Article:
Video and Audio Center Blog



Monday, August 18, 2014

Look Ma, No Disc: Digital Streaming Is More Than Just Convenient

In the beginning there was the videocassette and the consumer said it was good — now you could watch a Hollywood movie at home at your leisure. This was followed by the optical disc, first the DVD with resolution better than the analogue TV, and then the Blu-ray disc for high-resolution viewing on a high-resolution HDTV. The next, and perhaps last stage in this evolution of ownership of viewing is streaming. Streaming is like magic because it’s there when you need it, and not there when you don’t. It has no physical presence. Is that good? You bet it is!

So let’s look at the reasons why streaming content is superior to having to own a physical disc.

Location:

“Where’s the disc” is a game few want to play when it is time to watch something. Nor is there any joy in opening a DVD box to find it holding the wrong disc or, worse yet, empty. Streaming content is kept for you on the “Cloud” — a fancy way of saying it’s on a server that is being maintained and cared for by another (such as a movie studio or streaming content provider). When you want to watch your content, the server provides it to the viewing device (be that a TV or a mobile device like a tablet or a laptop, etc.). The server is responsible for knowing that the content belongs to you, for getting it to the device and for playing it. All of these responsibilities have been taken out of your hands.

Safekeeping

A disc needs to be kept in a safe place away from prying hands (i.e., kids) or chewing teeth (i.e., pets). You go to get the disc but your significant other has put it somewhere that you don’t know where — and he/she isn’t around. Sure it would be great if you could beep your keys to find it like your car, but nobody’s thought of doing that yet. So you look and if you’re lucky, you find it. If luck isn’t with you, you get to go back to doing the accounting for the month’s bills. But if the content is being streamed, it’s being held for you where you can always access it. On the “Cloud.” And it doesn’t matter if you are at home or in a hotel or wherever. It’s your content and it’s being kept for you to watch when you want to.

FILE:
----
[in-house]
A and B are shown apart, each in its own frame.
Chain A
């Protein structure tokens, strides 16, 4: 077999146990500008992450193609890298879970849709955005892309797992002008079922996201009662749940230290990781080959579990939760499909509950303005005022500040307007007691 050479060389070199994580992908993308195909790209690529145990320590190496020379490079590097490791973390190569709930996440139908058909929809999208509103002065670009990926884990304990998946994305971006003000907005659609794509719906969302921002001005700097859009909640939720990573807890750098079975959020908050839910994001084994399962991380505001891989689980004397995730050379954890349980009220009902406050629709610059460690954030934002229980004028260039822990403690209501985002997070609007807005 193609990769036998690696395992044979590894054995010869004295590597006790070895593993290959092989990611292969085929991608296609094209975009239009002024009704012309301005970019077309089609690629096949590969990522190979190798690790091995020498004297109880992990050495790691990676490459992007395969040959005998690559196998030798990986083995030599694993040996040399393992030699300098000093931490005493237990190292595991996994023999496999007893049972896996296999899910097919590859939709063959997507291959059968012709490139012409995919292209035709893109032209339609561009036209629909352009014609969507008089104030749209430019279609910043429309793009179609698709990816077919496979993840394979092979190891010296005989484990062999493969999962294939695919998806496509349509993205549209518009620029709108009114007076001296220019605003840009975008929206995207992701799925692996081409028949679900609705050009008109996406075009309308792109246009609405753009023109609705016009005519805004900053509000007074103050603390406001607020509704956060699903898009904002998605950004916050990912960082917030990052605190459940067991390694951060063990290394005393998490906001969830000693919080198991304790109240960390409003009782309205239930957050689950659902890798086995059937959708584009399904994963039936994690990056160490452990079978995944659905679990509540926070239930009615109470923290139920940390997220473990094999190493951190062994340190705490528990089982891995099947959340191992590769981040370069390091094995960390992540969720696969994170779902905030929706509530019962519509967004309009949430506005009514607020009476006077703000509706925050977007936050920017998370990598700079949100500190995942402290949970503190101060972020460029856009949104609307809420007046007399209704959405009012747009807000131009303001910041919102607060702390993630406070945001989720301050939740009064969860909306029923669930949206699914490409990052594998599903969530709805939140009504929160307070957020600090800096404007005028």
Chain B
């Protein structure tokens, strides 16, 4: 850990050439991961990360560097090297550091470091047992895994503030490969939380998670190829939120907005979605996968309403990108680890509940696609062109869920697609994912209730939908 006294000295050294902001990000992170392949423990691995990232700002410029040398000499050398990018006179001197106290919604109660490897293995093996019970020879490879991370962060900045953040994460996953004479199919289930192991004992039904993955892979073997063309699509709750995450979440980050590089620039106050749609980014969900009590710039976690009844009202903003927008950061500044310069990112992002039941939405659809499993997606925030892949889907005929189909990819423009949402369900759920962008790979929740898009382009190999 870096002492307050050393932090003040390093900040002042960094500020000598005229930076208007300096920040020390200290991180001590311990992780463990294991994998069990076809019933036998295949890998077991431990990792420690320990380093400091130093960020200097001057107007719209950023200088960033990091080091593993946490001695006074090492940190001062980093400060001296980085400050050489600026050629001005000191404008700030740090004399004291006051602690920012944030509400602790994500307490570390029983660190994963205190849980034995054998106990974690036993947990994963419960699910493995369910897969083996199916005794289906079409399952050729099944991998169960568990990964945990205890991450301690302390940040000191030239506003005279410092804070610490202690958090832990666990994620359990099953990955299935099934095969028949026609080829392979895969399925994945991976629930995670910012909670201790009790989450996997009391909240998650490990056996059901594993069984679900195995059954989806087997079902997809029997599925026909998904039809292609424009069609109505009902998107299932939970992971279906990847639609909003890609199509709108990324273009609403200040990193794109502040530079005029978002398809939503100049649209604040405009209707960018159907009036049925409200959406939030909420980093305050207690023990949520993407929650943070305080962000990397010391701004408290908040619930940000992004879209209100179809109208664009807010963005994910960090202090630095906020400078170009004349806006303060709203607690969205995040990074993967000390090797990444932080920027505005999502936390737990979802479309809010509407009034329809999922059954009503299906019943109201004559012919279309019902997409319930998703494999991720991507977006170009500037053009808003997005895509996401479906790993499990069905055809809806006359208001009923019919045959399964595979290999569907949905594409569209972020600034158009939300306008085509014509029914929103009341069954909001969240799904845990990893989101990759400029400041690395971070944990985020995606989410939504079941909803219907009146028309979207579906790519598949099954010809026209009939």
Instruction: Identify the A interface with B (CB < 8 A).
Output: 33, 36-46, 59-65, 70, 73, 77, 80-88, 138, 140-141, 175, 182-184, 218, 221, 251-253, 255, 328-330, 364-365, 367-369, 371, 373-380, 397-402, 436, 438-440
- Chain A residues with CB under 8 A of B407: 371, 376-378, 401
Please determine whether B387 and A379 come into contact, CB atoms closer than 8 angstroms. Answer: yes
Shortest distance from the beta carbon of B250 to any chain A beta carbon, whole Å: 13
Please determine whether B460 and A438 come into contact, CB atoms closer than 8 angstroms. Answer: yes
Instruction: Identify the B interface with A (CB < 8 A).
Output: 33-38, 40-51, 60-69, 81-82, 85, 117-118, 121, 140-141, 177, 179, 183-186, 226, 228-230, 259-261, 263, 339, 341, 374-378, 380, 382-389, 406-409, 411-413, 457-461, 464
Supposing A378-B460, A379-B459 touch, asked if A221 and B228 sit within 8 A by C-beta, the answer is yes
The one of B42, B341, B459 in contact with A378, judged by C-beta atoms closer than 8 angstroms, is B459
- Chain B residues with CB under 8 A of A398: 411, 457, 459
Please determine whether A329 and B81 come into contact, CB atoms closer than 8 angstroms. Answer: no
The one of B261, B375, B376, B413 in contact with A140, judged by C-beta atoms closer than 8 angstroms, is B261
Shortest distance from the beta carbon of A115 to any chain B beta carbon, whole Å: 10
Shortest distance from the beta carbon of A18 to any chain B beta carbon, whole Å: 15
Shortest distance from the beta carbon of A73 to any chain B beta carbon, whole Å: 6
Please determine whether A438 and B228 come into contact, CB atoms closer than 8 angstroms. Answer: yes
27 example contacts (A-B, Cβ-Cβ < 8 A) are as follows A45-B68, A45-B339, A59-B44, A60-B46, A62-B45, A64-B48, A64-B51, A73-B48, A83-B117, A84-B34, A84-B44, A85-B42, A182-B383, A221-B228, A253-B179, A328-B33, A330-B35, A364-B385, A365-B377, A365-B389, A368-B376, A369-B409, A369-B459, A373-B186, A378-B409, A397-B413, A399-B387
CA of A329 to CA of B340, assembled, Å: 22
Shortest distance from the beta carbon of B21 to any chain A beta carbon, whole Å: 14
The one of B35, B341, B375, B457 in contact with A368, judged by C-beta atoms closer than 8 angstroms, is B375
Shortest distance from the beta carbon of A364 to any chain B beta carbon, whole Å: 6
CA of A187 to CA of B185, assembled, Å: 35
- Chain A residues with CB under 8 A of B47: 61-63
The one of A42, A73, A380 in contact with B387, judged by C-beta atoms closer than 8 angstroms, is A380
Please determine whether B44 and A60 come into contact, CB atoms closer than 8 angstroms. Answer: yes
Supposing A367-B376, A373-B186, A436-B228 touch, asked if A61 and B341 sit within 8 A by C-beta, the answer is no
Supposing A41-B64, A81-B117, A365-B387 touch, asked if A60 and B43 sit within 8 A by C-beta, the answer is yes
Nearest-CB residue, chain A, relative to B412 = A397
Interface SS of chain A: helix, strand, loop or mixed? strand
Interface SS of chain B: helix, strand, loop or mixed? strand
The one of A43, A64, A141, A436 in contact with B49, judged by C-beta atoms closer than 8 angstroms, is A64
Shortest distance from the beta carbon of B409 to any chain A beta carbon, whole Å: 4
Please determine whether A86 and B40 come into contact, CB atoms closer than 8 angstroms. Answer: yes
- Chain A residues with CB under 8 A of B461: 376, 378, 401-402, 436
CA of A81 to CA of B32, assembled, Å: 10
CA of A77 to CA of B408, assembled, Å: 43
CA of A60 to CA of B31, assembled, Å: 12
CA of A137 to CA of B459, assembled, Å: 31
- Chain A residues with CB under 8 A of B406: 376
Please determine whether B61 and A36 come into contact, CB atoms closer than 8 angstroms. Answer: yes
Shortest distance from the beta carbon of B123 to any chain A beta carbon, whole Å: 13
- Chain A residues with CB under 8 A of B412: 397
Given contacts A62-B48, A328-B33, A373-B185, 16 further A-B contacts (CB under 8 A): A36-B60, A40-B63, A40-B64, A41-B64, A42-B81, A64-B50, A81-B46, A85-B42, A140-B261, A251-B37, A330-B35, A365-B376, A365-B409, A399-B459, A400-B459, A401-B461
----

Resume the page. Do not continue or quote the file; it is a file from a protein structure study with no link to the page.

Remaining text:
And for those ask why they should still get a Blu-ray player when they can stream content — the response is “Yes” because not every bit of content has been digitized and put online yet. Plus it’s a lot easier to take a Blu-ray player to somewhere else — for example, when visiting the in-laws or at a friend’s house, because this will make streaming your content easier to do once connected to the home network (especially since most BD players now feature wireless WiFi connectivity).

Screen Resolution

This is the only area where user sensibility must come into play — because the resolution of the video being seen on the TV isn’t guaranteed for streaming like it is on a disc. What must be considered are variables that affect the “speed” of the Internet connection sending the movie or TV show to the TV. The viewer will need to consider whether the server is being requested by many, many people looking to view the same content, for example. The home network must be allowed to concentrate its efforts on receiving the most stable and highest resolution signal possible: others using the home network (smartphones, laptops, tablets, etc.) need to desist for the duration of time in which the content will be viewed. This will make sure that the streaming (also being buffered by the TV) can be of the highest resolution possible.

Streaming is attractive because it’s convenient. Having a HDTV or a 4K Ultra HD TV to take care of the streaming means using the latest technology to ensure a quality image. A quality image that is going INTO the TV as well as being displayed ON the TV.

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